Chop the herbs up into small pieces. Stuff them into the jar, leaving an inch of space at the top. When you can’t fit any more herbs in, start pouring in the honey. I pour it, then slide a chopstick around the edge to let it sink down, and then go do something for five minutes or so, and keep doing that until it’s full. Once the herbs are covered with honey, put the lid on it, label it, and leave it somewhere cool and dark for 4 weeks. When it’s done, hang a cheesecloth over another jar, pour the herby honey into it, and wait– it’ll eventually strain out into the jar. Depending on what herb you use, it can add the most wonderful nuance to dishes. Sage, beebalm and thyme honeys on chicken. Rose honey on fruit. The possibilities really are endless.

Cherry, thyme, and hawthorne.


Herbal Elixirs:

This is my preferred method for making medicines. Maybe that’s just because I love brandy and honey…

1 clean (sterilised) pint jar with a lid

enough herb to stuff the jar full

3/4 pint brandy (or higher percentage alcohol, which is preferred by most people, I think)

1/4 pint honey

As before, chop the herbs up and stuff them into the jar, leaving an inch of space at the top, until they can no longer be stuffed anymore. Pour in the brandy until it’s half-filled, and then fill the rest up with honey (you might have to pour it and wait, repeatedly, until the honey sinks down enough). Screw on the lid, label, and place somewhere cool and dark for 4 weeks, giving it a shake every few days, to mix up the brandy and honey. After 4 weeks, strain into a clean bottle (I use bottles with droppers, so that I can administer 5 drops without over-doing it).



20 Responses to “Making herbal honeys and elixirs”
  1. stacie says:

    Do you use dry herbs? That would be the only thing I have so how much dried herb would I use?

  2. Ofelia says:

    can I use Cognac instead of Brandy ??

  3. Sam says:

    Is there anything else that can be used to make elixirs besides drinkable alcohol? Wondering from being a recovering alcoholic if there is anything less triggering I could possibly use.

    • Olena says:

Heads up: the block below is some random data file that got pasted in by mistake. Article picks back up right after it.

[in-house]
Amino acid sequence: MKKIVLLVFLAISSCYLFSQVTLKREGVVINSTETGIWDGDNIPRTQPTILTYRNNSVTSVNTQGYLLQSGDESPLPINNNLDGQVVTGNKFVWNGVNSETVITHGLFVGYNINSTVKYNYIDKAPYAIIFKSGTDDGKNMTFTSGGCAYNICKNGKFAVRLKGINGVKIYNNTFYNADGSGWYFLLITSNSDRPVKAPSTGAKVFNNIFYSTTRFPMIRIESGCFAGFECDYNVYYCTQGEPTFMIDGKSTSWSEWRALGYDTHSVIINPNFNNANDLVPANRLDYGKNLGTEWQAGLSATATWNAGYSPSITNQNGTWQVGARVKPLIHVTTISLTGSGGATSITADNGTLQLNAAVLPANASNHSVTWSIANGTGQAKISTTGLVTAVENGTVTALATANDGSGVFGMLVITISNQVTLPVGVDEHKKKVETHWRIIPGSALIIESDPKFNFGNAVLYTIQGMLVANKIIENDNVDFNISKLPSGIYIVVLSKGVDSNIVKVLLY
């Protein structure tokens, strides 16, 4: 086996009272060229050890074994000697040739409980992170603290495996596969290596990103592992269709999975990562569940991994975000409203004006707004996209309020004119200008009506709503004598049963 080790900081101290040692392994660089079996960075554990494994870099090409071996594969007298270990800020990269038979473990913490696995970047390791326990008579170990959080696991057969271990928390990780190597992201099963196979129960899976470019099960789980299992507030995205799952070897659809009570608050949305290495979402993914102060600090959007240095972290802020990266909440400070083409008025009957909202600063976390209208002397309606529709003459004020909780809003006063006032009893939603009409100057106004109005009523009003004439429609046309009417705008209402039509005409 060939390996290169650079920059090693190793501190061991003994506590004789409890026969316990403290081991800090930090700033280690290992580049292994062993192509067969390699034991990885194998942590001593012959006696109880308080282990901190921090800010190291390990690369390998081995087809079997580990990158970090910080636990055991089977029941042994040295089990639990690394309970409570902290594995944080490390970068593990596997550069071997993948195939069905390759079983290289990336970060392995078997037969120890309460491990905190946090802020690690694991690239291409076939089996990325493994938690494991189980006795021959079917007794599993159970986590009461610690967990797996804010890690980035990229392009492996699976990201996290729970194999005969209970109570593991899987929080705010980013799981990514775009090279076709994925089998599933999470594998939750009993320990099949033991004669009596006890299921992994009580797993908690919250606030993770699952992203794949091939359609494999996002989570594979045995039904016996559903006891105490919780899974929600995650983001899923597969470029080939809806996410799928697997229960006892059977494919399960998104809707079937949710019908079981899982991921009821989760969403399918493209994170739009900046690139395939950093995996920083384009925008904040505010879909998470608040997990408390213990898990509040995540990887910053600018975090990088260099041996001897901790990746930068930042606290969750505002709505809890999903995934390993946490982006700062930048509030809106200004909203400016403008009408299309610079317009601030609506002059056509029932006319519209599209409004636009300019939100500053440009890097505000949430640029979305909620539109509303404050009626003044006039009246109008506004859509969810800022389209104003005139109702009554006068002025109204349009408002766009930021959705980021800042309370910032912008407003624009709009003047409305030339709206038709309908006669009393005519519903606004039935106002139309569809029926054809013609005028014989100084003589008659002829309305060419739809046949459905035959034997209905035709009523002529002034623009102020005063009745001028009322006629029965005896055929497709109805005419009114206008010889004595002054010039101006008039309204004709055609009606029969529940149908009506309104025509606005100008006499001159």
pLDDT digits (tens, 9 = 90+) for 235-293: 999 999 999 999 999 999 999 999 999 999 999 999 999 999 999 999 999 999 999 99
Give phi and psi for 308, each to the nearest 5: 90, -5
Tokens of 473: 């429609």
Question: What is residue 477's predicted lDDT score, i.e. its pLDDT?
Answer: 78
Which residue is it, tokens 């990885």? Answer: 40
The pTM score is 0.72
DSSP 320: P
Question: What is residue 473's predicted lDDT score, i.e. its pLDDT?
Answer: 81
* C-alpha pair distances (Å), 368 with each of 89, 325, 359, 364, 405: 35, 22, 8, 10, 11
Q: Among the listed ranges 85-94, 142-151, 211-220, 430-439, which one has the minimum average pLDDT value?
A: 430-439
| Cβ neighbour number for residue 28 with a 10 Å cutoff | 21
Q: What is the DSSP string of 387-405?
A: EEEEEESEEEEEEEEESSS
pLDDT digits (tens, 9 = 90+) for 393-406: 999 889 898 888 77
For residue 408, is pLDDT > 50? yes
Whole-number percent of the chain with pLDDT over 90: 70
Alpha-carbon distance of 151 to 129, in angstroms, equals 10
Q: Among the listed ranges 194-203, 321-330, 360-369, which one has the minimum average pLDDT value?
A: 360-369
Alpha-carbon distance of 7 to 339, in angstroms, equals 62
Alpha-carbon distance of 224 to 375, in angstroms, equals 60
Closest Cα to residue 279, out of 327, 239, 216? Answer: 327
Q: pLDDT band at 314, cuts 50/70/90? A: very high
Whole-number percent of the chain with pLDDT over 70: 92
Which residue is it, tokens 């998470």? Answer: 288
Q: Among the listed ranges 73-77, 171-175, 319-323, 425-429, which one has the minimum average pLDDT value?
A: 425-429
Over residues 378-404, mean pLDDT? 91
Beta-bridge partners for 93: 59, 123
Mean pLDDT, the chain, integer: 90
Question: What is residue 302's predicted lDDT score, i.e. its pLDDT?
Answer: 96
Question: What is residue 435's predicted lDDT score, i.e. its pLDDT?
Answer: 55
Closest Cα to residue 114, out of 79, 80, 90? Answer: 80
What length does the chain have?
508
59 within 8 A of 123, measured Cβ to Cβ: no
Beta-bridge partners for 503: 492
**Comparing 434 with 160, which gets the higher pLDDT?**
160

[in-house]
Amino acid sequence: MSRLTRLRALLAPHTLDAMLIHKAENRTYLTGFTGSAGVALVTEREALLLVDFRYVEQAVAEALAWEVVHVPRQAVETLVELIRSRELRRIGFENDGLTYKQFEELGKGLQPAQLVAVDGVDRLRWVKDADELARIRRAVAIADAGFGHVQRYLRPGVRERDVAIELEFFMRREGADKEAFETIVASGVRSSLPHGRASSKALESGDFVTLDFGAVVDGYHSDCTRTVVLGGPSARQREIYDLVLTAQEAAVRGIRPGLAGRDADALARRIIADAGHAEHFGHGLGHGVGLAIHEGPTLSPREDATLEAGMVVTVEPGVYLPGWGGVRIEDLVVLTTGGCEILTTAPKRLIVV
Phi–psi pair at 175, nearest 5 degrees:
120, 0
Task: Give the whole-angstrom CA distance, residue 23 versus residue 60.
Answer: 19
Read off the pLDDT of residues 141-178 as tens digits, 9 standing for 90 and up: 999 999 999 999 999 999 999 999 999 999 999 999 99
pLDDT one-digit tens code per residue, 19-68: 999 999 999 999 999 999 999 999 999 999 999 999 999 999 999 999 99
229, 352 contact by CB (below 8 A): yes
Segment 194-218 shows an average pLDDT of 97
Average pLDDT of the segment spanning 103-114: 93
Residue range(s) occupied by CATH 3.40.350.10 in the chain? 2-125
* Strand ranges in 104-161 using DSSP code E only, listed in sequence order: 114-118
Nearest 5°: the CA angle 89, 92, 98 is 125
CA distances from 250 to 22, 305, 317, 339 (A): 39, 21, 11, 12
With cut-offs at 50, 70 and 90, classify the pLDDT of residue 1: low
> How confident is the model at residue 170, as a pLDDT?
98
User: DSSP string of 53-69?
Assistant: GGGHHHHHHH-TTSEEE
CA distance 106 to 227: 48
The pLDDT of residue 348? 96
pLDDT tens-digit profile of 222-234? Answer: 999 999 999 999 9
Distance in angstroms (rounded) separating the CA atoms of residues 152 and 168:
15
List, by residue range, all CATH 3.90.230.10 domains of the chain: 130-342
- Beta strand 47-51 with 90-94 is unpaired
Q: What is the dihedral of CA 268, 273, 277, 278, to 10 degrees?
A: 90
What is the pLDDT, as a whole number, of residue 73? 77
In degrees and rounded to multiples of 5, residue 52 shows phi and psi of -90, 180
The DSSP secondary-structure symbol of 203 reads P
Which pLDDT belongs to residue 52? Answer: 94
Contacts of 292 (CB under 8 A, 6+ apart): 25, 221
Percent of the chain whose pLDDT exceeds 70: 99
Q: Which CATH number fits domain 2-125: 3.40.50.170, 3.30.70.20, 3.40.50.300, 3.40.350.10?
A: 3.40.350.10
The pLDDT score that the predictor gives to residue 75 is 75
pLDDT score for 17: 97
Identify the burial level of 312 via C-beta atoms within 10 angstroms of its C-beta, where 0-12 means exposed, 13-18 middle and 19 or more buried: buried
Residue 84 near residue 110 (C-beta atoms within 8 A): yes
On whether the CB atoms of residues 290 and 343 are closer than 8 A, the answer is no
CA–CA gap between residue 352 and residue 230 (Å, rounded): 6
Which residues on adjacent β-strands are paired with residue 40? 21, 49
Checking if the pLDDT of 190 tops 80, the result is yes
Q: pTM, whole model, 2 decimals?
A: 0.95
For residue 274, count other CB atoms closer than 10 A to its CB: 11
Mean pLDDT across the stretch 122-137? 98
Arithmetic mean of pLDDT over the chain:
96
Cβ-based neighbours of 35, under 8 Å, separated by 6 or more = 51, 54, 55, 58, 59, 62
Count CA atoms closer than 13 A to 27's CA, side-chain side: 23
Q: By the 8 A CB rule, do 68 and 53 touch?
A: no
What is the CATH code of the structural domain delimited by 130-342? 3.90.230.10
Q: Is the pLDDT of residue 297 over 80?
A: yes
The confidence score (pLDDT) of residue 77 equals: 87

Hi Sam,
      Yes, you can use Apple Cider Vinegar. I have done many elixirs with this, and it works exceptionally not just for recovering alcoholics, but people in general who are sensitive to alcohol as well as children. Good luck.

  4. Alice says:

    Hello, I’m brand new to the world of medicinal herbs, and earlier today I checked out a book at my local library about elixirs, tonics, and teas. Often in the recipies, they use “dropper”, as in “2 droppers Ginkgo biloba”. At first I assumed they meant an eye dropper, but then I wasn’t sure if that implied I was supposed to mash up the herbs or what exactly I was supposed to do. Could somebody help me please? Thank you! :)

  5. Nancy says:


    Have you ever made an herbal elixir that you can serve more as a shot rather than a few drops? And if so, what would be the ratio or amount of brandy to honey – ???

    Blessings and Thank you!

  6. Kelly Grace says:

    Just a little info on Honey Pacifica…..Not as pure as you’re hoping it is. They use antibiotics, even tho they say on their site that they practice organic beekeeping. If you live in so cal, there are so many beekeepers that keep bees without using any chemicals, antibiotics, or additives of any kind. They let bees be bees, and let them do their thing like they have been doing for a long long time. Check out the Backwards Beekeepers website. They practice a very hands-off approach to beekeeping, and their bees are thriving. They have free meetings once a month, and usually folks bring their completely untreated honey to sell. And it is amazing. I just set up my own hive, and have not yet collected any honey. But I have done research. There is a lot of honey sellers out there who are not doing the best service to the bees. Just sayin….